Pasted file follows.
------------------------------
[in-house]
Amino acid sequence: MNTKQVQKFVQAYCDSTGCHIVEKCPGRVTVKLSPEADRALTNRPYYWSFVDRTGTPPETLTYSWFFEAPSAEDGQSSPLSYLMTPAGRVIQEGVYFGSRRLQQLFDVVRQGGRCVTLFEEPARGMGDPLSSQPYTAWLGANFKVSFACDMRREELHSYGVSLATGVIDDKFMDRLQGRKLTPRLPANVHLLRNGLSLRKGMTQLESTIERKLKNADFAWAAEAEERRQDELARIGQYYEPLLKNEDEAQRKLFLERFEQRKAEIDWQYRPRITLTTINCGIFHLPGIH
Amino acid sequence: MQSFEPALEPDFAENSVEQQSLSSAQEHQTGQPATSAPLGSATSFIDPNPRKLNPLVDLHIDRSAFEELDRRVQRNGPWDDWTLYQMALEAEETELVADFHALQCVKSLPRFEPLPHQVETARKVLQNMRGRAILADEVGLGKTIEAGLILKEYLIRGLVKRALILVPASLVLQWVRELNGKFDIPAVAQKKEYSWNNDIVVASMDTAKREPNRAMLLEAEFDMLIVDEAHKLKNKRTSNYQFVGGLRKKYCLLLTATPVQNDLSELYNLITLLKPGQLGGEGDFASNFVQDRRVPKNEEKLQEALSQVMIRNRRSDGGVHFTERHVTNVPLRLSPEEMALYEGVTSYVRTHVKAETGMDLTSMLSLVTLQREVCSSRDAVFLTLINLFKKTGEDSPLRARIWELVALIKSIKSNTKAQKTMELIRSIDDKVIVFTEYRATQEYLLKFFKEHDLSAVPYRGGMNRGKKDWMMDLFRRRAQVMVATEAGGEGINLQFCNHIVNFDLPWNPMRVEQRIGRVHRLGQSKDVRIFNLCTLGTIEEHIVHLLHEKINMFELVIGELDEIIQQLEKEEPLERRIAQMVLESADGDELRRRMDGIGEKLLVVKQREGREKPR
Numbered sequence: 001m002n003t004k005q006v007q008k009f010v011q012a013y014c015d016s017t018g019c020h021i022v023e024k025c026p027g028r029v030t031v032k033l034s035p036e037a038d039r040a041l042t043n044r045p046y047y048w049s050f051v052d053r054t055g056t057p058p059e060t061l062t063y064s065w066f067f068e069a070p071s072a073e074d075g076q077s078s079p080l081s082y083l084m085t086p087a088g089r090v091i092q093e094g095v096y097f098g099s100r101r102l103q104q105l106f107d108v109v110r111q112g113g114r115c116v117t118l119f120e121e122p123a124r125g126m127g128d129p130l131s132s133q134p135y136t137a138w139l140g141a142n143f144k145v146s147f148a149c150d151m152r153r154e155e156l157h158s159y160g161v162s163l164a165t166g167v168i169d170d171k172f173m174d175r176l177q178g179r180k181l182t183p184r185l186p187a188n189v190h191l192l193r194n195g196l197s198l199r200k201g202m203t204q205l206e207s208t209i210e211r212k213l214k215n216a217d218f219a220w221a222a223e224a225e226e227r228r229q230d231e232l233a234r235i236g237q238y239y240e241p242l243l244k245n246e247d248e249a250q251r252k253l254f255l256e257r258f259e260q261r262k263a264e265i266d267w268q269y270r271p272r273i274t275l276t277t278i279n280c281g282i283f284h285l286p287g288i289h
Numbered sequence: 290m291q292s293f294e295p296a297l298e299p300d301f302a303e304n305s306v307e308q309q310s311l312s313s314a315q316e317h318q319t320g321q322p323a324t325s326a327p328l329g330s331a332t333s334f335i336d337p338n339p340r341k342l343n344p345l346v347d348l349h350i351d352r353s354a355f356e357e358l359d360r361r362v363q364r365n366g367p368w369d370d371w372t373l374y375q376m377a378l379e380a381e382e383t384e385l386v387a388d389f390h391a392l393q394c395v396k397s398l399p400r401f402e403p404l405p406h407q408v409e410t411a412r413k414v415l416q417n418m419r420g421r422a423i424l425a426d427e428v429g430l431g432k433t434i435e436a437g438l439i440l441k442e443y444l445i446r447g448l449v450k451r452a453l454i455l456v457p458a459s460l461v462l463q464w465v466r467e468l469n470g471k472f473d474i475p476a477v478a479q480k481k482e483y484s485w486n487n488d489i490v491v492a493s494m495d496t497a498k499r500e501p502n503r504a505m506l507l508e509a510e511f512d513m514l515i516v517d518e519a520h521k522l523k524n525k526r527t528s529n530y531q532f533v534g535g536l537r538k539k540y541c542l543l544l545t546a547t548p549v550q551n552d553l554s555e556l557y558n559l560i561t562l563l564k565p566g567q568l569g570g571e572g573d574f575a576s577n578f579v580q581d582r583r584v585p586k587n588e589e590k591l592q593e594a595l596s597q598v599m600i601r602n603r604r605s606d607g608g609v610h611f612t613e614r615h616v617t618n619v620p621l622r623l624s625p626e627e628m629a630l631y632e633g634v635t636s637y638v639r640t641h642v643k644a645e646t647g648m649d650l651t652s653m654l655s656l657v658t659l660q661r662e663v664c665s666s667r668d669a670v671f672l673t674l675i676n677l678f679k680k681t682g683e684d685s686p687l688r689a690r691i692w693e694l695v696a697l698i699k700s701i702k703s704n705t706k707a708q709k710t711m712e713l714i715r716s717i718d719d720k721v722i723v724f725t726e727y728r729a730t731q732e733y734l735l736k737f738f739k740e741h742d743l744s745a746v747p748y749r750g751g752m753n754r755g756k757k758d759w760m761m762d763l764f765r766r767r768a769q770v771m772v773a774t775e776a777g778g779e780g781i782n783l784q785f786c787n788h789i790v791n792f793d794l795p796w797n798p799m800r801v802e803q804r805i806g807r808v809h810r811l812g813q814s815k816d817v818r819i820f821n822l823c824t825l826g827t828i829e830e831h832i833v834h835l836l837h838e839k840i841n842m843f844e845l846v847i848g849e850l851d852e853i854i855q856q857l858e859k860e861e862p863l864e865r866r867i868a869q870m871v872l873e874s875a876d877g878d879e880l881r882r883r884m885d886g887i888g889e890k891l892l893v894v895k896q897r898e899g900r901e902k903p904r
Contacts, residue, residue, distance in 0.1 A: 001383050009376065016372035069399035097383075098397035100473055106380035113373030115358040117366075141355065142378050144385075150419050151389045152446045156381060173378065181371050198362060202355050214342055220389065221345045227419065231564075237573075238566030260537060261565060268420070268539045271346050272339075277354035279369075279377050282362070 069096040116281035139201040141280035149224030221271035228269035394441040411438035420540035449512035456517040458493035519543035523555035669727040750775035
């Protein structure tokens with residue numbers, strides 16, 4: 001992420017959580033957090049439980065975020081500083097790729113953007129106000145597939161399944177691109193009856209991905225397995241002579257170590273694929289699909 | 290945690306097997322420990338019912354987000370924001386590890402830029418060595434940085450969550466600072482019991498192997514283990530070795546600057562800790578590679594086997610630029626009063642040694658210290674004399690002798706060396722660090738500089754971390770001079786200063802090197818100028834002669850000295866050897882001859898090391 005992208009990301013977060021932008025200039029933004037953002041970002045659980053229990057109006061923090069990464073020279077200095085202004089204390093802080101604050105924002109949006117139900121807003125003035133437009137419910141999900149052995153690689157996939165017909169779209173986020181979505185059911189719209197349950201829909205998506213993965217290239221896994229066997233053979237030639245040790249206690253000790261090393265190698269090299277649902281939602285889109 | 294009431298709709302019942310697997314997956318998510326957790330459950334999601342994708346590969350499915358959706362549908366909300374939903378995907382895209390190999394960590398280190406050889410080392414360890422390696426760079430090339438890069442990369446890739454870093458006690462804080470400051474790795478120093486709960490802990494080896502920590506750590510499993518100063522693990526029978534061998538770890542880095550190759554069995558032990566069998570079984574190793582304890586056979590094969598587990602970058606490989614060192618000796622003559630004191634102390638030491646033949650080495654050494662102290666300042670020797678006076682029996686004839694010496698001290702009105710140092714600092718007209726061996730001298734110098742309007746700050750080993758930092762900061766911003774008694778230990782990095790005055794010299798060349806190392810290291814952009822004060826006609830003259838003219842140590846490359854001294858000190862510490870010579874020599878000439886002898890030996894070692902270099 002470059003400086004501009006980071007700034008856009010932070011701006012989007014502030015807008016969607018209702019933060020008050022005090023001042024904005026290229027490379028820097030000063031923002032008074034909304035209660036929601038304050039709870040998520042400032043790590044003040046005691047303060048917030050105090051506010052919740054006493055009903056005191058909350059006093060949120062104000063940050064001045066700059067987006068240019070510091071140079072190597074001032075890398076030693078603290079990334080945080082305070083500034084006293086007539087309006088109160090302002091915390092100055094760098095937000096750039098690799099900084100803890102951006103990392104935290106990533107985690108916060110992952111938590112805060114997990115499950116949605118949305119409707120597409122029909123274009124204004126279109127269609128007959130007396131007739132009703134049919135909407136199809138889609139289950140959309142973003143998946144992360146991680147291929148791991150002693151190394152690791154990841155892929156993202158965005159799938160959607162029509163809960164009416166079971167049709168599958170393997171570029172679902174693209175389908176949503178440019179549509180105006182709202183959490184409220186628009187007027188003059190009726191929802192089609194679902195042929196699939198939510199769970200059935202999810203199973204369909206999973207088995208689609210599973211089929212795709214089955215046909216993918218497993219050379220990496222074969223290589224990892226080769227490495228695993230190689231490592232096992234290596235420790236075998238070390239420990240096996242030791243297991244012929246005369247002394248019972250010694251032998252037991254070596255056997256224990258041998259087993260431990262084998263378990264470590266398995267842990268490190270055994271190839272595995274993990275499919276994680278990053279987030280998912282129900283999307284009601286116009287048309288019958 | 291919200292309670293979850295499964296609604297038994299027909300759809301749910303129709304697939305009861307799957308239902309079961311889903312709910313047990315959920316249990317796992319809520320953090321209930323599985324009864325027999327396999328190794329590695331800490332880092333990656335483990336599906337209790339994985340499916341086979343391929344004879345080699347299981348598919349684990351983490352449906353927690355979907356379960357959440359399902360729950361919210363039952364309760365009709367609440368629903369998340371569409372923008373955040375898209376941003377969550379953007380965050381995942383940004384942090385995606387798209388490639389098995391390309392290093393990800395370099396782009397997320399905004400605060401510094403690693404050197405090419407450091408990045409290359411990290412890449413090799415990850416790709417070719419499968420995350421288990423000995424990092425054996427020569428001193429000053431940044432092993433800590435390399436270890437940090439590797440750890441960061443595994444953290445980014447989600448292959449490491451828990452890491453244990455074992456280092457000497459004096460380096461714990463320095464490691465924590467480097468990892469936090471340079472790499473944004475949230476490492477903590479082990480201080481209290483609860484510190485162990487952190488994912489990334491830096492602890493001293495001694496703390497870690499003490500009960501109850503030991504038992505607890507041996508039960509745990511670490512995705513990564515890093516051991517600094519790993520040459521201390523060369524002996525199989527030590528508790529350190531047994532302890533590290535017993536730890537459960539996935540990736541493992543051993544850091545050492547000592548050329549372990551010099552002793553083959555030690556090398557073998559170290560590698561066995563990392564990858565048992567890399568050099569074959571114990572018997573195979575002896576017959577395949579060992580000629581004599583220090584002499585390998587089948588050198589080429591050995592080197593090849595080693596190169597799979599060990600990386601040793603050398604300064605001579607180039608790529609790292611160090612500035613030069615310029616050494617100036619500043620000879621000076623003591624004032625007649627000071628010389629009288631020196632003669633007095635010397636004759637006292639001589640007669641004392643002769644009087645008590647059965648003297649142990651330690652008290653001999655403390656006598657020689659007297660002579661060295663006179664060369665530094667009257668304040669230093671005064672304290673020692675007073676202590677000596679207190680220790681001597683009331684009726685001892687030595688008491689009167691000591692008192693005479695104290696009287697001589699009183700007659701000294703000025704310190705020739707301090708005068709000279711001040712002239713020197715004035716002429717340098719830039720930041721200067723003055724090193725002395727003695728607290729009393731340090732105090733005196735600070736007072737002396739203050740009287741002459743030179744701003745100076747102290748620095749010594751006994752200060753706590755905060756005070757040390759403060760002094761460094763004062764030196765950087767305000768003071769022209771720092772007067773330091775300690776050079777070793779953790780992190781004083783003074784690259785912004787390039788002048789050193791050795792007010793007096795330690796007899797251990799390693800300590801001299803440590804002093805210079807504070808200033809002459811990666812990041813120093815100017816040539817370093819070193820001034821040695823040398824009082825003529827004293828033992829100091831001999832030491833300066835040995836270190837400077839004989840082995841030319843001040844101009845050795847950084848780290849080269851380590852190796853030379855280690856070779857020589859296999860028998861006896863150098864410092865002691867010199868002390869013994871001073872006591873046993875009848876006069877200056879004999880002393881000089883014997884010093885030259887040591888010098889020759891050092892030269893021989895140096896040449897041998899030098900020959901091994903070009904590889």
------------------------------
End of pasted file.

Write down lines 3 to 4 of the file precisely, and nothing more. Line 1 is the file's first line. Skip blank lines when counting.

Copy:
Amino acid sequence: MQSFEPALEPDFAENSVEQQSLSSAQEHQTGQPATSAPLGSATSFIDPNPRKLNPLVDLHIDRSAFEELDRRVQRNGPWDDWTLYQMALEAEETELVADFHALQCVKSLPRFEPLPHQVETARKVLQNMRGRAILADEVGLGKTIEAGLILKEYLIRGLVKRALILVPASLVLQWVRELNGKFDIPAVAQKKEYSWNNDIVVASMDTAKREPNRAMLLEAEFDMLIVDEAHKLKNKRTSNYQFVGGLRKKYCLLLTATPVQNDLSELYNLITLLKPGQLGGEGDFASNFVQDRRVPKNEEKLQEALSQVMIRNRRSDGGVHFTERHVTNVPLRLSPEEMALYEGVTSYVRTHVKAETGMDLTSMLSLVTLQREVCSSRDAVFLTLINLFKKTGEDSPLRARIWELVALIKSIKSNTKAQKTMELIRSIDDKVIVFTEYRATQEYLLKFFKEHDLSAVPYRGGMNRGKKDWMMDLFRRRAQVMVATEAGGEGINLQFCNHIVNFDLPWNPMRVEQRIGRVHRLGQSKDVRIFNLCTLGTIEEHIVHLLHEKINMFELVIGELDEIIQQLEKEEPLERRIAQMVLESADGDELRRRMDGIGEKLLVVKQREGREKPR
Numbered sequence: 001m002n003t004k005q006v007q008k009f010v011q012a013y014c015d016s017t018g019c020h021i022v023e024k025c026p027g028r029v030t031v032k033l034s035p036e037a038d039r040a041l042t043n044r045p046y047y048w049s050f051v052d053r054t055g056t057p058p059e060t061l062t063y064s065w066f067f068e069a070p071s072a073e074d075g076q077s078s079p080l081s082y083l084m085t086p087a088g089r090v091i092q093e094g095v096y097f098g099s100r101r102l103q104q105l106f107d108v109v110r111q112g113g114r115c116v117t118l119f120e121e122p123a124r125g126m127g128d129p130l131s132s133q134p135y136t137a138w139l140g141a142n143f144k145v146s147f148a149c150d151m152r153r154e155e156l157h158s159y160g161v162s163l164a165t166g167v168i169d170d171k172f173m174d175r176l177q178g179r180k181l182t183p184r185l186p187a188n189v190h191l192l193r194n195g196l197s198l199r200k201g202m203t204q205l206e207s208t209i210e211r212k213l214k215n216a217d218f219a220w221a222a223e224a225e226e227r228r229q230d231e232l233a234r235i236g237q238y239y240e241p242l243l244k245n246e247d248e249a250q251r252k253l254f255l256e257r258f259e260q261r262k263a264e265i266d267w268q269y270r271p272r273i274t275l276t277t278i279n280c281g282i283f284h285l286p287g288i289h